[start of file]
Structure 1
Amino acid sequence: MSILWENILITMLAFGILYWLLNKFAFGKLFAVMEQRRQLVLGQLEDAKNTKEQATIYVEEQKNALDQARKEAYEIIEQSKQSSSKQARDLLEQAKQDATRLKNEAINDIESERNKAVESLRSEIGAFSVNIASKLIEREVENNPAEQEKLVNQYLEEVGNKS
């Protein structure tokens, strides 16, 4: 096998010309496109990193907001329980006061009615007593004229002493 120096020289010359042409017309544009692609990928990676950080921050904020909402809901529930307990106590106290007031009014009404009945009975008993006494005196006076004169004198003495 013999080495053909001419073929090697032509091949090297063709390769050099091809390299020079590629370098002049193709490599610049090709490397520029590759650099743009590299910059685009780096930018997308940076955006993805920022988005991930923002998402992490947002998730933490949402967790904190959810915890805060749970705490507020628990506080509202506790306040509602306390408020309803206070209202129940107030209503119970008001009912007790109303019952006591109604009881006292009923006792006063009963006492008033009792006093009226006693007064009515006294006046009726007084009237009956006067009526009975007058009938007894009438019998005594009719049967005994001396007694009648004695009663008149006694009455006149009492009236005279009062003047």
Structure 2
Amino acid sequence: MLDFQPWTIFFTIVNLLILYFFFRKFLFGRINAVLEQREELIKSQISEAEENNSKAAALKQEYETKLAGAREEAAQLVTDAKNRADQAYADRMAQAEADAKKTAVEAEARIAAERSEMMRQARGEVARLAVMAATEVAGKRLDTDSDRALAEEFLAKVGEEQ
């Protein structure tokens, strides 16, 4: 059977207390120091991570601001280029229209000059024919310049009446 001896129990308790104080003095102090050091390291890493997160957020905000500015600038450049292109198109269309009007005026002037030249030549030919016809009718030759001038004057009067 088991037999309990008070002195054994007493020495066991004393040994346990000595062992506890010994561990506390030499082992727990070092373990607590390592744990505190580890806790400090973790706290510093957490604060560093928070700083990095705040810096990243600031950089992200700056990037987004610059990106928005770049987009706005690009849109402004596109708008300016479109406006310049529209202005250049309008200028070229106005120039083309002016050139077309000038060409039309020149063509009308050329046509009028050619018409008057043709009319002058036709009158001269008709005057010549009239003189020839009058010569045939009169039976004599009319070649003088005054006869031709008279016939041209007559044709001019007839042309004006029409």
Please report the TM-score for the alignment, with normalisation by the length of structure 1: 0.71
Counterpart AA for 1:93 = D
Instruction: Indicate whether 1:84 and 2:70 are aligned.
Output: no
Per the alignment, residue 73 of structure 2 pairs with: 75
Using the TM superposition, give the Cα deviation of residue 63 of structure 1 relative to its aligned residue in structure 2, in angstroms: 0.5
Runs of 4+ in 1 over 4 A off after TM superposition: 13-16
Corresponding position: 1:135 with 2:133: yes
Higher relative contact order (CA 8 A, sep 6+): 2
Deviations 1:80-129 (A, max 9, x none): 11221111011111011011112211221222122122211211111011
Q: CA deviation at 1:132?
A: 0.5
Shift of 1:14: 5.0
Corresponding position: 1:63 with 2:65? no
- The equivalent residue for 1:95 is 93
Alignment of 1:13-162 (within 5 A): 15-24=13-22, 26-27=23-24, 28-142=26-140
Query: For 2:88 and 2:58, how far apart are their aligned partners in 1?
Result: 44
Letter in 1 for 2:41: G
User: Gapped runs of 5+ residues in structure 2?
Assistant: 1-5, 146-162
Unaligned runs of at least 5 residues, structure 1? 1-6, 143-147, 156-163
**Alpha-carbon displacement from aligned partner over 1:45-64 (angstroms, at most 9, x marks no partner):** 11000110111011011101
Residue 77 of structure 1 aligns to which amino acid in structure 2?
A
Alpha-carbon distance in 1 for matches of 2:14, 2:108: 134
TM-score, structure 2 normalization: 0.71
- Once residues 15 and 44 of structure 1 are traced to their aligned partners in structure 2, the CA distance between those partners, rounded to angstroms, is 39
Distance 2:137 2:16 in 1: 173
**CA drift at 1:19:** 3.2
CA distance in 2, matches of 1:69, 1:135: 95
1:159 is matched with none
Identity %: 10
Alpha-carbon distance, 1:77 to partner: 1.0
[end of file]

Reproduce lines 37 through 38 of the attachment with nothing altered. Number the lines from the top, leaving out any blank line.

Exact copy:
CA distance in 2, matches of 1:69, 1:135: 95
1:159 is matched with none